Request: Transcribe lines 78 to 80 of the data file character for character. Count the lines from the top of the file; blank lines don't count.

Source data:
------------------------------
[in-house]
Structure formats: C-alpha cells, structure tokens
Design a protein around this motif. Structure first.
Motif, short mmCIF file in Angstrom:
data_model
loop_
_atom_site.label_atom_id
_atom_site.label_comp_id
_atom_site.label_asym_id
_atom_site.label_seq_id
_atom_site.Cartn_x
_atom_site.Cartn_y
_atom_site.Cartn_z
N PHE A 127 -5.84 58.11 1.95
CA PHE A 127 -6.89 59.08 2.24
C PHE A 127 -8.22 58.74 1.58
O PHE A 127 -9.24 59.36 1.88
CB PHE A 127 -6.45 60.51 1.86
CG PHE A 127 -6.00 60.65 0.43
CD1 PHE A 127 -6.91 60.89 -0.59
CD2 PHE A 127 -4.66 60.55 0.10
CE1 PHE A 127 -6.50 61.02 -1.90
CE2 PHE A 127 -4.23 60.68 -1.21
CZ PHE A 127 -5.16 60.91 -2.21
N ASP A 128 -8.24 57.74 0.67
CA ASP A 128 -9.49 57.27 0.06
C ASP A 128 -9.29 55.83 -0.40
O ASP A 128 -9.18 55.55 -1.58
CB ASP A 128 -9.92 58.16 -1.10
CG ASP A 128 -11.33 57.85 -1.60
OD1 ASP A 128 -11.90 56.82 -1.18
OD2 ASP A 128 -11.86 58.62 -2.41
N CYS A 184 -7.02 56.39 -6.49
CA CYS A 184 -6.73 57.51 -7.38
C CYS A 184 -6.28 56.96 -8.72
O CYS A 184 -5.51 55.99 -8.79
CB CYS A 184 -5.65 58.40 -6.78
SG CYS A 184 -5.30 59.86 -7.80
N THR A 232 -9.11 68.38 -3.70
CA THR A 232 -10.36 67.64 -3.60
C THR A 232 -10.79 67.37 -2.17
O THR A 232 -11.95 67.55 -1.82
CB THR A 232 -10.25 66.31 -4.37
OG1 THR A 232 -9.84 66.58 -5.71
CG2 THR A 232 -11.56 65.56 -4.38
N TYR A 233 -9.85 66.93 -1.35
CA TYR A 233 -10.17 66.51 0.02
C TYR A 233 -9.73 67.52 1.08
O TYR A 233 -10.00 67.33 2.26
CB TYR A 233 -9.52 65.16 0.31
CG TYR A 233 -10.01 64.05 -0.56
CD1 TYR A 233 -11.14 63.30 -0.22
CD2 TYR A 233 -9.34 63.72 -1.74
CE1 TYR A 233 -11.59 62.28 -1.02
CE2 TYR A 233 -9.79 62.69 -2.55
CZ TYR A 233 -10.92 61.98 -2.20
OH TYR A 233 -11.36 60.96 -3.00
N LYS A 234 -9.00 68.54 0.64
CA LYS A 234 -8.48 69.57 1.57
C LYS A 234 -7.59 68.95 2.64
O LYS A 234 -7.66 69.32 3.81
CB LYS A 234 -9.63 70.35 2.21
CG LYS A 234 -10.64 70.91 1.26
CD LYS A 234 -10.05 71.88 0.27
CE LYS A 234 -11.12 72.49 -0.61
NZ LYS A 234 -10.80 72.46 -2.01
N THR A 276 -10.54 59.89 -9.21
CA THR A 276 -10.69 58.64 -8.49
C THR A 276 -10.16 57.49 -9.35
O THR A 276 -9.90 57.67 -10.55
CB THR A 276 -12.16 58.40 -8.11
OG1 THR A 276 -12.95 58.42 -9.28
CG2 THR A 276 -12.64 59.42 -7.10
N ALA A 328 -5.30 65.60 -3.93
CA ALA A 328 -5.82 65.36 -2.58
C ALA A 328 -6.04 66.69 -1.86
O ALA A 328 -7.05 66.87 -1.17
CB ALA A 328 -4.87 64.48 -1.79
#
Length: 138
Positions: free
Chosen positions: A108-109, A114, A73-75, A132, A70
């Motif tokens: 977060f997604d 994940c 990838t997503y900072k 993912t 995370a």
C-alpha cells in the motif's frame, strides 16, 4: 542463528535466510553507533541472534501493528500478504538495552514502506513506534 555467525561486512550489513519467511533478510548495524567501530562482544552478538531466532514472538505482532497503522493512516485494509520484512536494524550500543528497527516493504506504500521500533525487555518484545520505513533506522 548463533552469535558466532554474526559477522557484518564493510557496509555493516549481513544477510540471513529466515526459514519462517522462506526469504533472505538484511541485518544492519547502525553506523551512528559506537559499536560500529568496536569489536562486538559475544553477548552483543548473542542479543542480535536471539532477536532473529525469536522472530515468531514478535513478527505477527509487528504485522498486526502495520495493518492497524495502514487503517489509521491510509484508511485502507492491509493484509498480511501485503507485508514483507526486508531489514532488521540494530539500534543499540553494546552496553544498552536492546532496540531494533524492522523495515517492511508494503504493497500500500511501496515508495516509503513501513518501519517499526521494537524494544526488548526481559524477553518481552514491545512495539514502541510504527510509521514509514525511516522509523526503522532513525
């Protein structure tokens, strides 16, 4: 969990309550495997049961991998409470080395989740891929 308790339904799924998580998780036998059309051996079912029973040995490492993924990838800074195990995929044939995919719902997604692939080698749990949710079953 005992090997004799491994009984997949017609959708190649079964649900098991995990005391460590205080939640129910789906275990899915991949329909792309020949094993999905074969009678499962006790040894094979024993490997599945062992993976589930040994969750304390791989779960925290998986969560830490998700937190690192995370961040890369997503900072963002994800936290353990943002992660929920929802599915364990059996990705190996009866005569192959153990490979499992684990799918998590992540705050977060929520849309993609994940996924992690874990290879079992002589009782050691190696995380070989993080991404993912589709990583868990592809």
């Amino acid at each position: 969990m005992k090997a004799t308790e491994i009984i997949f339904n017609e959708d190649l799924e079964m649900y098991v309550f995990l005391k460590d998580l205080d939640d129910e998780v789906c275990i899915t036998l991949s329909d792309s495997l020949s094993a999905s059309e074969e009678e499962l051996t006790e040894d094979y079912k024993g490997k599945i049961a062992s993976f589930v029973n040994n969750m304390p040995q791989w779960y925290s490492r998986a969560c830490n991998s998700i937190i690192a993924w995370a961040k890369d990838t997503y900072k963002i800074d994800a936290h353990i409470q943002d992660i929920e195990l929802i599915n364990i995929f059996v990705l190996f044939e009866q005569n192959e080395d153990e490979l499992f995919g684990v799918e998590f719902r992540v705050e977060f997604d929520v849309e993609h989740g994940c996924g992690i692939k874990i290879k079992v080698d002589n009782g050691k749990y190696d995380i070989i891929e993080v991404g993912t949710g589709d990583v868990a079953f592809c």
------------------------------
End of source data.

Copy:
CB ALA A 328 -4.87 64.48 -1.79
#
Length: 138